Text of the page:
Senate Leader Chuck Schumer also said right after the bill was passed that he doesn’t think it’s wise for the Senate to pass cannabis banking legislation before tackling more comprehensive reform as this bill would likely attract Republican members and undermine efforts to get support for the broader legalization legislation he’s currently working on.
It looks like the Senate Democrats are going to try to use this bill as a vehicle for criminal justice reform tied to cannabis. If it’s the case, they most likely lose any Republican support the bill currently has.
Climate control and banking? — Three weeks ago, President Biden signed an executive order on climate-related financial risk that, among other things, directs financial regulators to take steps to ensure the appropriate measurement and mitigation of these risks. Last week, Sen. Brian Schatz (D-Hi.) and Rep. Sean Casten (D-Ill.) introduced the Climate Change Financial Risk Act of 2021. Below are a few bullets as to what this bill in its current form will do:
- Establish an advisory group of climate scientists and climate economists to help develop climate change scenarios for financial stress tests.
- The Fed will create three stress test scenarios: a 1.5-degree Celsius warming scenario; a 2-degree scenario and a business-as-usual scenario, which assumes a higher level of warming if there are no climate policies in place.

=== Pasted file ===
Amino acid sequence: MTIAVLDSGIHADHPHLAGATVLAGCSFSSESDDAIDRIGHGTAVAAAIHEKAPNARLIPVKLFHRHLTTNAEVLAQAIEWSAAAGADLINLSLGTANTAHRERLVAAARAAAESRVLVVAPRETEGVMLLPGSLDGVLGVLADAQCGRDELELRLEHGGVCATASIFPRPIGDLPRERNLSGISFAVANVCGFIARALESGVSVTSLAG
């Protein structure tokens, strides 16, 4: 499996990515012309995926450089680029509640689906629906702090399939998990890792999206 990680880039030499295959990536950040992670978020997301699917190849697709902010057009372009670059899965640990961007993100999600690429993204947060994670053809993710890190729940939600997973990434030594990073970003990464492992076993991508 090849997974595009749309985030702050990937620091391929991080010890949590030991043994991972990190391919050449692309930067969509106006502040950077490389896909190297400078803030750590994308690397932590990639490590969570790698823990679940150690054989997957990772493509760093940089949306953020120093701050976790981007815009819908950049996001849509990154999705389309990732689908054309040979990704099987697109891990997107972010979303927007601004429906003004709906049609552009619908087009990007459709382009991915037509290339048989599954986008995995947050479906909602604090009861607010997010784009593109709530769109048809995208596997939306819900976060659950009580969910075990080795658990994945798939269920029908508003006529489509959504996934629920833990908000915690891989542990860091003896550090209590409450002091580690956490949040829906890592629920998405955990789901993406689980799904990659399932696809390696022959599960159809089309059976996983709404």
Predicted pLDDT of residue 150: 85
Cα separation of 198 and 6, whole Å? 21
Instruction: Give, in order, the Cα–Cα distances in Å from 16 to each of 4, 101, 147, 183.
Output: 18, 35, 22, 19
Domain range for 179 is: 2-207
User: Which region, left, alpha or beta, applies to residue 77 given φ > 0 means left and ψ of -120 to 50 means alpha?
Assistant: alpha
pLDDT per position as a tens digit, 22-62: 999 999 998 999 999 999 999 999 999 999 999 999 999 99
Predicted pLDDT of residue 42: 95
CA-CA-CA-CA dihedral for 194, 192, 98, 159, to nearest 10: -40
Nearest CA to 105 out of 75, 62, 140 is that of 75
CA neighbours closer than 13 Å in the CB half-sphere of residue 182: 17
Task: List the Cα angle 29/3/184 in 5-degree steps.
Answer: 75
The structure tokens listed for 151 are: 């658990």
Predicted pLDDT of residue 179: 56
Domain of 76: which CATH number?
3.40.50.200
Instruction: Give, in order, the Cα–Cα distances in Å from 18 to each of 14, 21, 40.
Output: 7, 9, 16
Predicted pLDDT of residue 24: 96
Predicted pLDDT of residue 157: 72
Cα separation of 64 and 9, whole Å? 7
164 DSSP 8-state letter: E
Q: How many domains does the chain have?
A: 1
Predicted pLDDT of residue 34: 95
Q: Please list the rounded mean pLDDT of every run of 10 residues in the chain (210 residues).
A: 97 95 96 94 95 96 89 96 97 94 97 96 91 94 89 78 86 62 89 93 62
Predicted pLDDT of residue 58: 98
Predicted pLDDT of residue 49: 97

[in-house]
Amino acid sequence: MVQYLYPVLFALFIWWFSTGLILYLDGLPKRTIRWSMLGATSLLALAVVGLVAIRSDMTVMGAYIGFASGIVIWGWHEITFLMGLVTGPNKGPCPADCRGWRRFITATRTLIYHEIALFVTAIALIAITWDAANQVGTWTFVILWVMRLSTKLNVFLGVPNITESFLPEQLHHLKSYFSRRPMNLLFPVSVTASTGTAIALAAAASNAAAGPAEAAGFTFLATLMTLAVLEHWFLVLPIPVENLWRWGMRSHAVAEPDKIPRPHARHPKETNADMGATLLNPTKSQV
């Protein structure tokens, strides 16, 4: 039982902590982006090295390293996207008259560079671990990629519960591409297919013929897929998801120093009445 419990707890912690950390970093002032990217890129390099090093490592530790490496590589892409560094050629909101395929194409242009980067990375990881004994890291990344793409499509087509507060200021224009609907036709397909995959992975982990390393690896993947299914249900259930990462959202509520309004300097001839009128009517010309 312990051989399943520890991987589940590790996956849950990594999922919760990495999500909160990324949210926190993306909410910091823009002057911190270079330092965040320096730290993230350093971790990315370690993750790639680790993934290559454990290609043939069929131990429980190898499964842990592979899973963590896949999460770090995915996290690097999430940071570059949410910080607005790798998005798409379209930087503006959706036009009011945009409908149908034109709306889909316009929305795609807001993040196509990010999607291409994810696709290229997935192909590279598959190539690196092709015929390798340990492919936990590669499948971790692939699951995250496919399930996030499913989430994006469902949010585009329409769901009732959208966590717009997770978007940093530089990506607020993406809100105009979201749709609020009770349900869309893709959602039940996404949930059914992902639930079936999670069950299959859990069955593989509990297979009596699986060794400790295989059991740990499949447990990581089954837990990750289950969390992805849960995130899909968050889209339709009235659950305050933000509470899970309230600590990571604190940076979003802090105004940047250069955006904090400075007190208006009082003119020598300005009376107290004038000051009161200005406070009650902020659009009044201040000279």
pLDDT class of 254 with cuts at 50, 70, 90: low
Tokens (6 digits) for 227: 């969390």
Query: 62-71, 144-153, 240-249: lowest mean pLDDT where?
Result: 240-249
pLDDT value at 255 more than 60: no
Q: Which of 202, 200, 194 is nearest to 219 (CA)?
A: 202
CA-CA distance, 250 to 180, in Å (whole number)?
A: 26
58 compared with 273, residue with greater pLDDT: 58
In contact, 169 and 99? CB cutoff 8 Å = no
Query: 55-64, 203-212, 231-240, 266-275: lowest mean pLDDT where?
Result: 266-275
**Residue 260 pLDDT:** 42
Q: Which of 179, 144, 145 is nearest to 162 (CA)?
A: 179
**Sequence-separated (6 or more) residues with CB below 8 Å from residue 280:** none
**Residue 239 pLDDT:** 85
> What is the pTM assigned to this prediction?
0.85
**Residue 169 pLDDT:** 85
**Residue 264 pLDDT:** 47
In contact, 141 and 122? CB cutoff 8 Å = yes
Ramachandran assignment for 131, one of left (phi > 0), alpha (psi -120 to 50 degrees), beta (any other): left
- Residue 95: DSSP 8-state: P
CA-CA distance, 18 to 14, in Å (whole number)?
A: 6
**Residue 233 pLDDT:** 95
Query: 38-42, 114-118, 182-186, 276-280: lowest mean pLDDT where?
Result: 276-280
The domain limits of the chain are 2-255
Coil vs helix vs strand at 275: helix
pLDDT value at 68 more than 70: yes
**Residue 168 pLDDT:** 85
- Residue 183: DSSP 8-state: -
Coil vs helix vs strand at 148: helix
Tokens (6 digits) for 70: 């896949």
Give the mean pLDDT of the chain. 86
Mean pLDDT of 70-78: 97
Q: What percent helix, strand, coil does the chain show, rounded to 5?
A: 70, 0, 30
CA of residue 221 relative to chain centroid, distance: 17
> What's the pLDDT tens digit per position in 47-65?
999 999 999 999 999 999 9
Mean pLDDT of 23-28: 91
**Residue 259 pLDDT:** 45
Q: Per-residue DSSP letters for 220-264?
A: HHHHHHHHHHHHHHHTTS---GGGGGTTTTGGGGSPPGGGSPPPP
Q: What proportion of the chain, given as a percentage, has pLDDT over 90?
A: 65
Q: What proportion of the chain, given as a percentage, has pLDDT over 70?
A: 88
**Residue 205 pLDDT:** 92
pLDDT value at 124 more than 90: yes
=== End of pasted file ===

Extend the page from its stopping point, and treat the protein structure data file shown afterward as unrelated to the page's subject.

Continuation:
- Based on these scenarios, the Fed will conduct nonbinding stress tests every two years on the same large financial institutions that are currently subject to the Comprehensive Capital Analysis and review stress tests. Institutions with more than $250 billion in total consolidated assets, and possibly some with assets over $100 billion, would be affected.
We’ll monitor this bill closely as it’s in the infant stage and will most likely see some significant changes along the way.
Thanks again to all of you who made it to convention, it was great to see you in person. We’ve resumed full capacity at our activities here at the OBA for education events, and have started looking at dates for the fall Bankers’ Night Out programs.
I’ll be hitting the road a lot this summer and look forward to seeing you at your bank. As always, should you ever need anything please don’t hesitate to contact myself or the staff at the OBA.